Genomic analysis of thousands of tumors supports new cancer classification

IMAGE: UNC Lineberger’s Katherine Hoadley, Ph.D., is an assistant professor in the UNC School of Medicine Department of Genetics view more 

Credit: UNC Lineberger Comprehensive Cancer Center

CHAPEL HILL — University of North Carolina Lineberger Comprehensive Cancer Center researchers are reporting the concluding findings from a major analysis of nearly 10,000 different tumor samples that focused on identifying similarities between cancers based on changes in their genes, and the way their genes are expressed. The study by researchers from The Cancer Genome Atlas (TCGA) Network, the largest of its kind to-date, supports an additional classification for human tumors.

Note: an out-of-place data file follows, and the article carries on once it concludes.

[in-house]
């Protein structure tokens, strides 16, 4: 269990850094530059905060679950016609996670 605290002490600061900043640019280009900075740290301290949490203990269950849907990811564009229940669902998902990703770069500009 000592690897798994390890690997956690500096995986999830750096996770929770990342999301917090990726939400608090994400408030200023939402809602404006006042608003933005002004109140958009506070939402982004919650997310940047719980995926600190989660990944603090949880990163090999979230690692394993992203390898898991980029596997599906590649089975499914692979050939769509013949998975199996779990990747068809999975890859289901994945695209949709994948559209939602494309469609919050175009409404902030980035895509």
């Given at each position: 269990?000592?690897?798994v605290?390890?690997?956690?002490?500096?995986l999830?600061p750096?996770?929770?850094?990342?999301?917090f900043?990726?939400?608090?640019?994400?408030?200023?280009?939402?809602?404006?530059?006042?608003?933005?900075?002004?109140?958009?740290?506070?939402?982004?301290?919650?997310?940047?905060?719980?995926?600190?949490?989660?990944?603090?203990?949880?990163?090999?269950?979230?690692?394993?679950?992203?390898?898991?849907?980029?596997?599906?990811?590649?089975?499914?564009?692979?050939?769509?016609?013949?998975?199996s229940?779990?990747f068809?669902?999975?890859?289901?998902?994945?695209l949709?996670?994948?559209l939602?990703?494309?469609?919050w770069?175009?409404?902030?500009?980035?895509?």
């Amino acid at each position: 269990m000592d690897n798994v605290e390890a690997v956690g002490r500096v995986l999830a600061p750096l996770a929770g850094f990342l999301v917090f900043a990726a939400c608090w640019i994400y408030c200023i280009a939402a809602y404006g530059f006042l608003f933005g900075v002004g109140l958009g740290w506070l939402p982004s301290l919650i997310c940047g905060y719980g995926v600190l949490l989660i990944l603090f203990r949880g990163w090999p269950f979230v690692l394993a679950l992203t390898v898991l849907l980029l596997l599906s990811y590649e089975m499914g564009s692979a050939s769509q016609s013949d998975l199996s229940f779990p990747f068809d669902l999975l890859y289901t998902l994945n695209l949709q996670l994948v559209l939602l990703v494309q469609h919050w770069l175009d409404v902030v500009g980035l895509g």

Researchers determined more than a decade ago that cancer is not a single disease, but many, and different cancer subtypes can even occur within a single anatomic location, such as the breast, liver or colon. The new study, published in the journal Cell, shows that some cancers are very similar to others that originated from the same starting cell type – although these may have originated in a different organ.

“Tumor location has been the primary method for determining treatment for a given cancer patient,” said UNC Lineberger’s Katherine Hoadley, PhD, assistant professor in the UNC School of Medicine Department of


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